On Black Awareness Day, Brazilians march for rights and the end of black genocide

Demonstrators took to the streets in several cities to celebrate black activists and a different project for society

November 22, 2019 by Brasil de Fato
Marchers hold banner that reads "Stop killing us! For the end of black genocide" during demonstration in São Paulo on Nov. 20 / José Eduardo Bernardes/Brasil de Fato

Black Awareness Day is celebrated in Brazil this Wednesday, Nov. 20, in honor of Zumbi, one of the most important quilombola leaders in Brazilian history and a pioneer of resistance to slavery of Africans in the Latin American country. To mark the day, demonstrations were held in several cities to call for black people’s rights.

In São Paulo, the 16th Black Awareness March took to the center of the city as demonstrators marched to the Theatro Municipal, a historical site where the Unified Black Movement (MNU) was created in 1978, during the military dictatorship.

The motto of this year’s march is “life, freedom, and future, against black genocide.” One of the organizers, the MNU activist Simone Nascimento said that the demonstration’s perspective is to assert a new project for society.

“A society with equal rights and opportunities for black people, who have been the victims of a genocidal process,” she explained.

Flavio Jorge, from the national board of the National Coordination of Black Organizations (Conen), pointed out how important it is to hold a demonstration like this one amid the rise of conservatism in the country.

“This is the first march we hold during a far-right government. This government – and we knew that – will make life much more difficult for black people,” Jorge pointed out, adding that the unity between the organizations involved in the march shows a way for the movement to face this moment.

“There is no way you can feel safe in this political situation. We are vulnerable for a number of reasons,” nurse Alva Helena said, as she joined the march, underscoring that black genocide in Brazil is the result of a slave process that was never completely abolished.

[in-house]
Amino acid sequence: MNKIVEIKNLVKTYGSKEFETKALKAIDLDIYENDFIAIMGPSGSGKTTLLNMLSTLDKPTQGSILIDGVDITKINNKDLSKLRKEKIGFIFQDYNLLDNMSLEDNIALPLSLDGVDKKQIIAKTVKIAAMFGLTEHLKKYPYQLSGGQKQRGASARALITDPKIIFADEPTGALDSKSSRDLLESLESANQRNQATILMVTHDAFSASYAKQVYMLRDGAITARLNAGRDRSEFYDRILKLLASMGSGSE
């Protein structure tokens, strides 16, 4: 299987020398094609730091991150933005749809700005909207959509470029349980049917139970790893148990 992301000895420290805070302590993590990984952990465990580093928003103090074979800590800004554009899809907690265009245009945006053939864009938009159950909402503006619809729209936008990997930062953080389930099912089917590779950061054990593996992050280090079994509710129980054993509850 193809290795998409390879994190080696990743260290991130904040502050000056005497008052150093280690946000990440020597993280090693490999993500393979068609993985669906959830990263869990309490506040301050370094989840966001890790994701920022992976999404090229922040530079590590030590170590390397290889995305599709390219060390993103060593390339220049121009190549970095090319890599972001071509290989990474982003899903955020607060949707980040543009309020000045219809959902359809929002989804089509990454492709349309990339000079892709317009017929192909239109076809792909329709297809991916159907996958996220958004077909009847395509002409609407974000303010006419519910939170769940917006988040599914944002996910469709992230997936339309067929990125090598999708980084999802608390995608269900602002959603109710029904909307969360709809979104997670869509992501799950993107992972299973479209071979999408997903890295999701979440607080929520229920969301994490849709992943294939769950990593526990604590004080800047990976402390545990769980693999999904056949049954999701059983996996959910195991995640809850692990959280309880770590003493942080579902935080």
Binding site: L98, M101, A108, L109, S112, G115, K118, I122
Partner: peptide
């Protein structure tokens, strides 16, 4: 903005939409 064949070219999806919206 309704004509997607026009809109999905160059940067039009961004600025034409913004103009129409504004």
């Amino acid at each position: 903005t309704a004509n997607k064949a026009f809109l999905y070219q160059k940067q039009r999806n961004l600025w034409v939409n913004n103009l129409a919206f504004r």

“We were not really freed. This is why this march is important, to show society that we are still unhappy with inequality and injustices that the State promotes due to this unfinished abolition,” she argued.

Other cities

Other cities in São Paulo state also had marches, including Campinas, Jundiaí, and Santos.

In Rio de Janeiro, demonstrators gathered on Wednesday morning for the 8th March of the Outskirts of Rio de Janeiro. The organizers released a manifesto denouncing black and indigenous genocide and the policies implemented by the Jair Bolsonaro government, including the pension reform, which are harmful to the lives of black and poor Brazilians, as protesters argue.

In Florianópolis, southern Brazil, black activists marched in the center of the city to celebrate the struggle of Zumbi; the Afro-Brazilian warrior Dandara, who lived in colonial timescouncilwoman Marielle Franco; and other major names in the struggle against racism in the country.

In Belo Horizonte, southeastern Brazil, the day dawned as protesters chanted watchwords during the 3rd March for Racial Equality. The official manifesto disclosed by the organizers points out the importance of black people and Afro-Brazilian culture in forging the cultural identity in the city.

In the afternoon, two major demonstrations took place in the Northeast. In the city of Recife, more than 50 organizations came together for a protest against racism and black genocide and for the right to life.

A demonstrator waves the rainbow flag during the Black Awareness March in Recife | PH Reinaux/@articulacaonegrape

In Salvador, the 40th Black Awareness March paid tribute to Mumia Abu-Jamal, a former Black Panther activist who was incarcerated and sentenced to death in the United States. The demonstration also celebrated black revolutionaries who fought against the slave regime in Brazil and the world.

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